golden record

"we cast this message into the cosmos... of the 200 billion stars in the milky way galaxy, some — perhaps many — may have inhabited planets and space faring civilizations. if one such civilization intercepts voyager and can understand these recorded contents, here is our message: we are trying to survive our time so we may live into yours. we hope some day, having solved the problems we face, to join a community of galactic civilizations. this record represents our hope and our determination and our goodwill in a vast and awesome universe."
president jimmy carter's official statement placed on the voyager spacecraft

why voyagers mission is ground (space?) braking and incredible mission you can read at NASA's (worth reading, very interesting stuff!).
but what i truly love is the golden record.
it's is a package of:
- 90 minute selection of music from planet earth
(pretty interesting selection...),
- greetings in 55 languages,
- sounds of earth,
- greetings from the secretary general of the UN,
- 115 images from the planet earth,
- an hour long recording of the brainwaves of ann druyan
(later she wrote: "i entered a laboratory at bellevue hospital in new york city and was hooked up to a computer that turned all the data from my brain and heart into sound. i had a one-hour mental itinerary of the information i wished to convey. i began by thinking about the history of earth and the life it sustains. to the best of my abilities i tried to think something of the history of ideas and human social organization. i thought about the predicament that our civilization finds itself in and about the violence and poverty that make this planet a hell for so many of its inhabitants. toward the end i permitted myself a personal statement of what it was like to fall in love.").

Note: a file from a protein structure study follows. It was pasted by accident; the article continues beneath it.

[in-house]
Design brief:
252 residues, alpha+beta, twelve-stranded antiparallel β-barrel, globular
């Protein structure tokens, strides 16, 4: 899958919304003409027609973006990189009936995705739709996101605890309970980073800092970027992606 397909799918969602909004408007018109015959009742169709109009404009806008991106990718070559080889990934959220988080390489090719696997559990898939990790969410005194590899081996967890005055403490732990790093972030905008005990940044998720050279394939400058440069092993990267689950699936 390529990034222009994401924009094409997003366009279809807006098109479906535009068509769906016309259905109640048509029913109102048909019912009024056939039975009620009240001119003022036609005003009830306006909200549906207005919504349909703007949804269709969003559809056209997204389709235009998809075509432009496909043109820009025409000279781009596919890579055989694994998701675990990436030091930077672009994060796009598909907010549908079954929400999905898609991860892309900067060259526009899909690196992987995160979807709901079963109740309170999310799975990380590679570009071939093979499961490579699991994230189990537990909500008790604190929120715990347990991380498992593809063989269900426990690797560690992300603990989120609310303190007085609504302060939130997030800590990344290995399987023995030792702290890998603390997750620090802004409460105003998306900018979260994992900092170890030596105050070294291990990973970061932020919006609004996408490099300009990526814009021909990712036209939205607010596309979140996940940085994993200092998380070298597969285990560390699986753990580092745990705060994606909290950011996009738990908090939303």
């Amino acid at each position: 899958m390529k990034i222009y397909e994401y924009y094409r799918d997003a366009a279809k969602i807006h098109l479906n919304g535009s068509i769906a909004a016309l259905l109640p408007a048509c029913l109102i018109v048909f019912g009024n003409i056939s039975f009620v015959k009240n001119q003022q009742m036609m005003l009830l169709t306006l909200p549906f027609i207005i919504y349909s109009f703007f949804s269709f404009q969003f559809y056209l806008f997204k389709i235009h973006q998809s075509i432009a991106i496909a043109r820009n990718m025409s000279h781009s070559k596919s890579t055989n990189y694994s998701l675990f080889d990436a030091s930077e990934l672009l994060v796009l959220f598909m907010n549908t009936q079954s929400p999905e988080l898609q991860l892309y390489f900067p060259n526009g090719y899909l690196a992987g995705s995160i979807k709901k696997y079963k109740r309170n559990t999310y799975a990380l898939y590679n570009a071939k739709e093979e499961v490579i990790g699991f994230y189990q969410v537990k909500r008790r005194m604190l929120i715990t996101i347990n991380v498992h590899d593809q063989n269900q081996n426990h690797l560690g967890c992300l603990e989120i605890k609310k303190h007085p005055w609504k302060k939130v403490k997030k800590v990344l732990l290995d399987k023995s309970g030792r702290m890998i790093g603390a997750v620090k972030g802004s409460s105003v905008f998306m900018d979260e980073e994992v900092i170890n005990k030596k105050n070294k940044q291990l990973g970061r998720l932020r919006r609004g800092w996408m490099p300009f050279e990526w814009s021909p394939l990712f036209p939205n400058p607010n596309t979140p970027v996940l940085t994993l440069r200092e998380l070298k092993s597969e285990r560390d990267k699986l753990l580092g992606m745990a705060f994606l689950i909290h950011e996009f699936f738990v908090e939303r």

everything on golden LPs attached to spacecrafts now beyond the solar system waiting to be heard. selected by a committee chaired by carl sagan.

check out the golden record homepage for all sounds and pictures.



well, it's difficult... i thought that it doesn't make any sens to perform this anymore. now, when everybody knows what it is all about it's more like circus. exaggerated throat clearing, people siting with smiles in a way it seems to be funny...
but the music! or sound, whatever how u call it. it sounds incredible, just great.

this "4'33" is performed by the full symphony orchestra conducted by lawrence foster.

composed in 1952 by john cage of course, probably the most influential american composers of the 20th century.


art to play

check out Vector Park.
little, beautiful art/games.
u could also like his far-out paintings.



why should you watch it? do i really think u have this 25 minutes u can spend this way?

roland kirk and john cage.
no more advertising - do whatever u want.

directed by dick fontaine, 1966